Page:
The Loose Way in which Dominion Assisted Passages are Granted.

[...] Unfulfilled Promises as to Land Grants Made to Emigrants - Dominion Money Assists Emigration to the United States – Dominion Agents who Job in Real Estate and Railway tickets, &c.

[...] Your correspondent to-day met with a young Irish immigrant named James Boyle, 23 years of age, from Londonderry, Ireland. His experience as an immigrant is of the kind which may prove useful in showing the Government and the citizens of Canada the manner in which public servants and others interested in immigration treat those whom they invite to come to Canada and make home among us. He says: -


“I walked into the ticket office of the steamship company, and told the clerk that I wanted to come to Canada. I asked him the rate, and he told me it was £6 6s., but he added that if I signed as a labourer I could get an ‘assisted ticket' to any part of Canada for £5. As I did not know what I was coming to Canada to do I signed as a labourer, and the first work I did when I got here was firing an engine for a boiler. I am now a lawyer's clerk, but I was willing and able to do anything. I was promised”


and the bills that were posted around the ticket office showed that emigrants to Canada are to receive 160 acres of land from the Dominion Government when they get here.” [...]


"What about the 160 acres promised to those who come to canada?"

"Oh, I never saw that. The fact is that people in Ireland are getting so now that they will not believe the blackguards that promise these things."

"Did you make any attmpt to get the 160 acres?"

"Oh, yes; I went to see Mr. Ibbottson, the emigration agent, and asked him about it. He said it was all stuff about the 160 acres, and wanted me to buy farm from him."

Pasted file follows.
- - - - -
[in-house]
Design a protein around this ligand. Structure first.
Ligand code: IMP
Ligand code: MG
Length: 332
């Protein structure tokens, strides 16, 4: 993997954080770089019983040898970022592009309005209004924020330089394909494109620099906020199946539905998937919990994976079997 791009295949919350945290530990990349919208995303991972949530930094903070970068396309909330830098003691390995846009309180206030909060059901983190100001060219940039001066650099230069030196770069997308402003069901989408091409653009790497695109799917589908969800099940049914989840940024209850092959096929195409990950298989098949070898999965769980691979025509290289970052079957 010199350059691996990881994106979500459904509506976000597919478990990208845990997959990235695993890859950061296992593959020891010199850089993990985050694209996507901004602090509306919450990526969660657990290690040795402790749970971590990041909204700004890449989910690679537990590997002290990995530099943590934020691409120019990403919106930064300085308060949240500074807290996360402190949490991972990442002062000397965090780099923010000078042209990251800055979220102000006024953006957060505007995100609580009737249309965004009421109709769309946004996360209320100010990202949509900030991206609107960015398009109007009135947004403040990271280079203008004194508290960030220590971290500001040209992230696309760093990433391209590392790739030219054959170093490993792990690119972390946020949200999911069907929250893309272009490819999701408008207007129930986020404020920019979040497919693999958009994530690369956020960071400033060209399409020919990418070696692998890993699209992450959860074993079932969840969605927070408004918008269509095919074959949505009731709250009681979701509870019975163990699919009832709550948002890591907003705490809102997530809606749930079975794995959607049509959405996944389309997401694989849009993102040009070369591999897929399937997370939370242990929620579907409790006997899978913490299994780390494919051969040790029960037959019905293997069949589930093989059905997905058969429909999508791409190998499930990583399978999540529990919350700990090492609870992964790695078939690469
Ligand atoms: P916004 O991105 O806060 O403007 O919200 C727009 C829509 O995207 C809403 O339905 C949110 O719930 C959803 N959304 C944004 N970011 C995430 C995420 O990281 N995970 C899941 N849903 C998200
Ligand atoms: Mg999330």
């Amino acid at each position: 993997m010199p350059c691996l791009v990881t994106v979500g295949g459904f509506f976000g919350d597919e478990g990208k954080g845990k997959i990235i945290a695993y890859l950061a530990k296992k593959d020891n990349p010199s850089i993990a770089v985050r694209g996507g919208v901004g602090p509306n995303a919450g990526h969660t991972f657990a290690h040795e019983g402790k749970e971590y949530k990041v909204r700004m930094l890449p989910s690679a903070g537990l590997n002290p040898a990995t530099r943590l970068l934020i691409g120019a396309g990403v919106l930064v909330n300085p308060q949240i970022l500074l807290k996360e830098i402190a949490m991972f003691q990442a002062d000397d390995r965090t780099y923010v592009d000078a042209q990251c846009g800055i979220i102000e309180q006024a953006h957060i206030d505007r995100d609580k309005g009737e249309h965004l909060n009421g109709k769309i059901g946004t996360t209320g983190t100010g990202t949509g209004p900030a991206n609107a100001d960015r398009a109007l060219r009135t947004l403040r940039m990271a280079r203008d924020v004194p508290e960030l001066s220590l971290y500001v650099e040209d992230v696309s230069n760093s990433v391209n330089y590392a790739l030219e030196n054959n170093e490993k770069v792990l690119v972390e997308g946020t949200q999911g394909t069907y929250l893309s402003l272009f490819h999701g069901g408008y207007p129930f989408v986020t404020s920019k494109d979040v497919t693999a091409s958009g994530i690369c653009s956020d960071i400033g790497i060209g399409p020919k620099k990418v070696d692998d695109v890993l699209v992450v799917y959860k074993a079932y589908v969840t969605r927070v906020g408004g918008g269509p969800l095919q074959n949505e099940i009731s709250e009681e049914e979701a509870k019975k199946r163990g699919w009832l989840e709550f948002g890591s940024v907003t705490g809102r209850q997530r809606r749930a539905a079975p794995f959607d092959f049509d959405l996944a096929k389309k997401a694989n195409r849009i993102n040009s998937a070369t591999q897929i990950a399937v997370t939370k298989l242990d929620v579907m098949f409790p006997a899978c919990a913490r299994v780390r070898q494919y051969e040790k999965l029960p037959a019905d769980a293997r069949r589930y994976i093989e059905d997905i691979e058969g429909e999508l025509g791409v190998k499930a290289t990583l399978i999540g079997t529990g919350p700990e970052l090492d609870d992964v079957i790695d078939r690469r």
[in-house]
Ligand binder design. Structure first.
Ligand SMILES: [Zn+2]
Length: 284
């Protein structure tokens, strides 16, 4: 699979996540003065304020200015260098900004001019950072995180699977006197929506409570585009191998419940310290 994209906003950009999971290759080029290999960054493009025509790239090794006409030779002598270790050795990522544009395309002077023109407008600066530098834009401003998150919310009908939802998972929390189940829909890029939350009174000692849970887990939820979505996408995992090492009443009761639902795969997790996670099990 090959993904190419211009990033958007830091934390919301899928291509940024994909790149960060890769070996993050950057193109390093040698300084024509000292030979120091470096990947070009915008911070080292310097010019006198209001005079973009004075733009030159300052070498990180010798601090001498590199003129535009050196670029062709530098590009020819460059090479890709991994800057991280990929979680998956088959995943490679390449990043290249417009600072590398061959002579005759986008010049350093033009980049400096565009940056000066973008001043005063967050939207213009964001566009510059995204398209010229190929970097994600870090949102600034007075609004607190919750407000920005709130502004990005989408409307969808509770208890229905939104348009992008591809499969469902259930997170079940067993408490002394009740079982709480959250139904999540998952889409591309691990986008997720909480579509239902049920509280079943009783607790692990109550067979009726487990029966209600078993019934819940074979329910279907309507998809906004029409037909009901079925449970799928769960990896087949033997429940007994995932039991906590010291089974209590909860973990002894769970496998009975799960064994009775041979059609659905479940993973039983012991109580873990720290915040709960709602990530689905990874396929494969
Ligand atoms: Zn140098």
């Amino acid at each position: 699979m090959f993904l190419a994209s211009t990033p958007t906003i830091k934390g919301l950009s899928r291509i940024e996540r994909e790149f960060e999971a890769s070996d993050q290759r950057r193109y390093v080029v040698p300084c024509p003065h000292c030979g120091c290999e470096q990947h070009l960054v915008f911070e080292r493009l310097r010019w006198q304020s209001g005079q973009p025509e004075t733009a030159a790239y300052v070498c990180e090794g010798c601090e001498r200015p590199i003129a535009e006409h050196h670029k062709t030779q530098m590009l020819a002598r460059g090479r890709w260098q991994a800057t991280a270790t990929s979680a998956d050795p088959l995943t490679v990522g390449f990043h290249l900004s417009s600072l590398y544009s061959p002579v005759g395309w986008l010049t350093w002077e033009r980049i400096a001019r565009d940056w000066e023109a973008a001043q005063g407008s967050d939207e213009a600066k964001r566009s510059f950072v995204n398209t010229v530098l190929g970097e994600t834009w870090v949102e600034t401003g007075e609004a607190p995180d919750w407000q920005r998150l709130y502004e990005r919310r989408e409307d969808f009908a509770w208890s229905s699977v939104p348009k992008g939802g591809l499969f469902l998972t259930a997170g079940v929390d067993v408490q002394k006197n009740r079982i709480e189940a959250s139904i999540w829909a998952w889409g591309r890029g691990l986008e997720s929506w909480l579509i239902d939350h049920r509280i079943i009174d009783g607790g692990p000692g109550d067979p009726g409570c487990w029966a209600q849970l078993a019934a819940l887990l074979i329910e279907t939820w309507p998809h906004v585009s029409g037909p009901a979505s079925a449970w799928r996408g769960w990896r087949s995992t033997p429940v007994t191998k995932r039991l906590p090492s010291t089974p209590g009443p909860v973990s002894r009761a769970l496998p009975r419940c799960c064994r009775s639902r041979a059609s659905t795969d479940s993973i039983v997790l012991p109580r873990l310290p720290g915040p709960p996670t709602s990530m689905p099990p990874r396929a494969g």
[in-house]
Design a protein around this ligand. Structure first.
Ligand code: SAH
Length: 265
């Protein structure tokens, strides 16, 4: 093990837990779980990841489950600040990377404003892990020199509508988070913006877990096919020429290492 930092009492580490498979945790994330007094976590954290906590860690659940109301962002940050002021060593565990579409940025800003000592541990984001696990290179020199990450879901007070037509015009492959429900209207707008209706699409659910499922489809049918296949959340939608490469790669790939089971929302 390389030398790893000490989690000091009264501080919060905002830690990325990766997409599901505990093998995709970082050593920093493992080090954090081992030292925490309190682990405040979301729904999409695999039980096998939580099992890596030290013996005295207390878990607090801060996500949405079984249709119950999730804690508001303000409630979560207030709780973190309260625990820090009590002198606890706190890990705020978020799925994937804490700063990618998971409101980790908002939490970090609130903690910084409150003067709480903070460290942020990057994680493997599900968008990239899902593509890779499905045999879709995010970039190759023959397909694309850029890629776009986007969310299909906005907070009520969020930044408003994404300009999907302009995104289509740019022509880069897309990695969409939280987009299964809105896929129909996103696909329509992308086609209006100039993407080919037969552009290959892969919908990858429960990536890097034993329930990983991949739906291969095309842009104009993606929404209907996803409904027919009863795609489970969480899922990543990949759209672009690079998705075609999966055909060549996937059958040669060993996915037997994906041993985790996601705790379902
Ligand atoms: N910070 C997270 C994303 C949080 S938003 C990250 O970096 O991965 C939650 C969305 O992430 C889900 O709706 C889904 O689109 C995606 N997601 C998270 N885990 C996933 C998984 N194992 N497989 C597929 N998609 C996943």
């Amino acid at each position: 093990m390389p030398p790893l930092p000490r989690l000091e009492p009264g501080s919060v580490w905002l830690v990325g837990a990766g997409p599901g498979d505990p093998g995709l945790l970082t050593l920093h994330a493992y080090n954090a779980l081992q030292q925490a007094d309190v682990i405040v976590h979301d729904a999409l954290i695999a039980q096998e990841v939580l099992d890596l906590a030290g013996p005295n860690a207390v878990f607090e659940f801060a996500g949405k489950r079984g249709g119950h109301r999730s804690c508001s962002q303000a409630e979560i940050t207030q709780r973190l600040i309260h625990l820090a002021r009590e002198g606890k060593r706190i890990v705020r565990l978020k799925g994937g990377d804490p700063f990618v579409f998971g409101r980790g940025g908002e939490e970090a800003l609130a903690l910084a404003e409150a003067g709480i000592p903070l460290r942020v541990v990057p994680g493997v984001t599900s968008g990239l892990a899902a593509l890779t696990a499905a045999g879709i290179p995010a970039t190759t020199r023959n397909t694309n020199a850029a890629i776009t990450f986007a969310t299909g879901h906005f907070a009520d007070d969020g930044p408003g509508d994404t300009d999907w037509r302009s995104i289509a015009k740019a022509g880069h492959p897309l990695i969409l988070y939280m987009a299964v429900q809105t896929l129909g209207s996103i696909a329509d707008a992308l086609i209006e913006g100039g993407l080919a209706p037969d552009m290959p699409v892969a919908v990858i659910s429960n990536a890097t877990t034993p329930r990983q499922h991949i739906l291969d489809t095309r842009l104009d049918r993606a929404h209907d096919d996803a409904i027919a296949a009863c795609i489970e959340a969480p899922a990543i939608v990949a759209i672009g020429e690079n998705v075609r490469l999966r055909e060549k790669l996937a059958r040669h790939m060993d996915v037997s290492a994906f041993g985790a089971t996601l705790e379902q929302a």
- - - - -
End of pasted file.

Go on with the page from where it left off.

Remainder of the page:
"Oh, indeed! Is he a real estate agent as well as an emigration agent?"

"I do not know; but he had a number of farms for sale at any rate. He told me I would have to go to Mnitoba for my 160 acres, and that I would have to spend a good eal of money on my 160 acres before I could make anything out of it."

"That was very cheering for you as an emigrant, was it not?"

"Yes; but I did not want to go to Manitoba. He told me that he had a nice little farm that would be just the thing for me near the city."


"Do you think yours an extreme case or are other immigrants pestered in the manner you have been?"

"I believe that the whole of them have the same dodges tried on them, and that hundreds of them are run off daily to the United States by these clerks, who want to sell them tickets to Chicago and other places. What object they have of course I do not know." [...]

Source: Unknown, "An Irish Immigrant: The Loose Way in Which Dominion Assisted Passages are Granted," The Globe, June 27, 1881.

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